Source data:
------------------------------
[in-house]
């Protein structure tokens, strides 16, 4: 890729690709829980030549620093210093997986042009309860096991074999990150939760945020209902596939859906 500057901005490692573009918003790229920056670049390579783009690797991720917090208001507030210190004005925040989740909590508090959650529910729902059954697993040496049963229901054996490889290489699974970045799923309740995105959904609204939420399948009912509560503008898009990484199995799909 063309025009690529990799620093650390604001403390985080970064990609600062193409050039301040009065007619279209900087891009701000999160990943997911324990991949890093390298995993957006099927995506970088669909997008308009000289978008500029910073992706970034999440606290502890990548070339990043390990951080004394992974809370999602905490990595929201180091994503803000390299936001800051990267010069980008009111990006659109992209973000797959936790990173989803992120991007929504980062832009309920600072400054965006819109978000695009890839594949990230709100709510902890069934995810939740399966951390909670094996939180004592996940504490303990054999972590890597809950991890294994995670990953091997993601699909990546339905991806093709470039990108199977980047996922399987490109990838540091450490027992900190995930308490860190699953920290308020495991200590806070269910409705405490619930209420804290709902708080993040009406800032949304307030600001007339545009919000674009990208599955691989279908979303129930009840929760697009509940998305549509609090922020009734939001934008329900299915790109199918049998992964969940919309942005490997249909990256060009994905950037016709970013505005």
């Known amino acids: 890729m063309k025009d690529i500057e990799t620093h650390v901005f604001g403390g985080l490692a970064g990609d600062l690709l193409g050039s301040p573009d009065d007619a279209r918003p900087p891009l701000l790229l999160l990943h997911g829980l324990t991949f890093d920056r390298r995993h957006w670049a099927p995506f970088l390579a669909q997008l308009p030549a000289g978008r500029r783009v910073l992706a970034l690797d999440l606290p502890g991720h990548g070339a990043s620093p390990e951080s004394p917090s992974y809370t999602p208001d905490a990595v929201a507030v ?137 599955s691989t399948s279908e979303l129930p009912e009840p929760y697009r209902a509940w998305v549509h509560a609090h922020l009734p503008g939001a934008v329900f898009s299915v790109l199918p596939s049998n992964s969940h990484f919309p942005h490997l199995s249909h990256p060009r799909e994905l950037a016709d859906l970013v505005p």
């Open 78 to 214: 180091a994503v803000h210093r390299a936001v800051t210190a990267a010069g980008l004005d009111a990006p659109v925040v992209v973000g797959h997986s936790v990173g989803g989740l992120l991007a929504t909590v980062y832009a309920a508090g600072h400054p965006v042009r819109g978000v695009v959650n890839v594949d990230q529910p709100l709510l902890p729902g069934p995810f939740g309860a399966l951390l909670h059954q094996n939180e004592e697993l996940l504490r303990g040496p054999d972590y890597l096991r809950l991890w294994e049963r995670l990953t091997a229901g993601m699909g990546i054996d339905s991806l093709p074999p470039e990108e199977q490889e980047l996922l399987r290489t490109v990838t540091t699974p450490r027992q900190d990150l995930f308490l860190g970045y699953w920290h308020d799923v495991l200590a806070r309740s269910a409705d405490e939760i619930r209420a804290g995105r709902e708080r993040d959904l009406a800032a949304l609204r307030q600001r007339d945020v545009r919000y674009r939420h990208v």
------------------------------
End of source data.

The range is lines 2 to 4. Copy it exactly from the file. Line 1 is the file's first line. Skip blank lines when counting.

């Protein structure tokens, strides 16, 4: 890729690709829980030549620093210093997986042009309860096991074999990150939760945020209902596939859906 500057901005490692573009918003790229920056670049390579783009690797991720917090208001507030210190004005925040989740909590508090959650529910729902059954697993040496049963229901054996490889290489699974970045799923309740995105959904609204939420399948009912509560503008898009990484199995799909 063309025009690529990799620093650390604001403390985080970064990609600062193409050039301040009065007619279209900087891009701000999160990943997911324990991949890093390298995993957006099927995506970088669909997008308009000289978008500029910073992706970034999440606290502890990548070339990043390990951080004394992974809370999602905490990595929201180091994503803000390299936001800051990267010069980008009111990006659109992209973000797959936790990173989803992120991007929504980062832009309920600072400054965006819109978000695009890839594949990230709100709510902890069934995810939740399966951390909670094996939180004592996940504490303990054999972590890597809950991890294994995670990953091997993601699909990546339905991806093709470039990108199977980047996922399987490109990838540091450490027992900190995930308490860190699953920290308020495991200590806070269910409705405490619930209420804290709902708080993040009406800032949304307030600001007339545009919000674009990208599955691989279908979303129930009840929760697009509940998305549509609090922020009734939001934008329900299915790109199918049998992964969940919309942005490997249909990256060009994905950037016709970013505005």
């Known amino acids: 890729m063309k025009d690529i500057e990799t620093h650390v901005f604001g403390g985080l490692a970064g990609d600062l690709l193409g050039s301040p573009d009065d007619a279209r918003p900087p891009l701000l790229l999160l990943h997911g829980l324990t991949f890093d920056r390298r995993h957006w670049a099927p995506f970088l390579a669909q997008l308009p030549a000289g978008r500029r783009v910073l992706a970034l690797d999440l606290p502890g991720h990548g070339a990043s620093p390990e951080s004394p917090s992974y809370t999602p208001d905490a990595v929201a507030v ?137 599955s691989t399948s279908e979303l129930p009912e009840p929760y697009r209902a509940w998305v549509h509560a609090h922020l009734p503008g939001a934008v329900f898009s299915v790109l199918p596939s049998n992964s969940h990484f919309p942005h490997l199995s249909h990256p060009r799909e994905l950037a016709d859906l970013v505005p």
């Open 78 to 214: 180091a994503v803000h210093r390299a936001v800051t210190a990267a010069g980008l004005d009111a990006p659109v925040v992209v973000g797959h997986s936790v990173g989803g989740l992120l991007a929504t909590v980062y832009a309920a508090g600072h400054p965006v042009r819109g978000v695009v959650n890839v594949d990230q529910p709100l709510l902890p729902g069934p995810f939740g309860a399966l951390l909670h059954q094996n939180e004592e697993l996940l504490r303990g040496p054999d972590y890597l096991r809950l991890w294994e049963r995670l990953t091997a229901g993601m699909g990546i054996d339905s991806l093709p074999p470039e990108e199977q490889e980047l996922l399987r290489t490109v990838t540091t699974p450490r027992q900190d990150l995930f308490l860190g970045y699953w920290h308020d799923v495991l200590a806070r309740s269910a409705d405490e939760i619930r209420a804290g995105r709902e708080r993040d959904l009406a800032a949304l609204r307030q600001r007339d945020v545009r919000y674009r939420h990208v």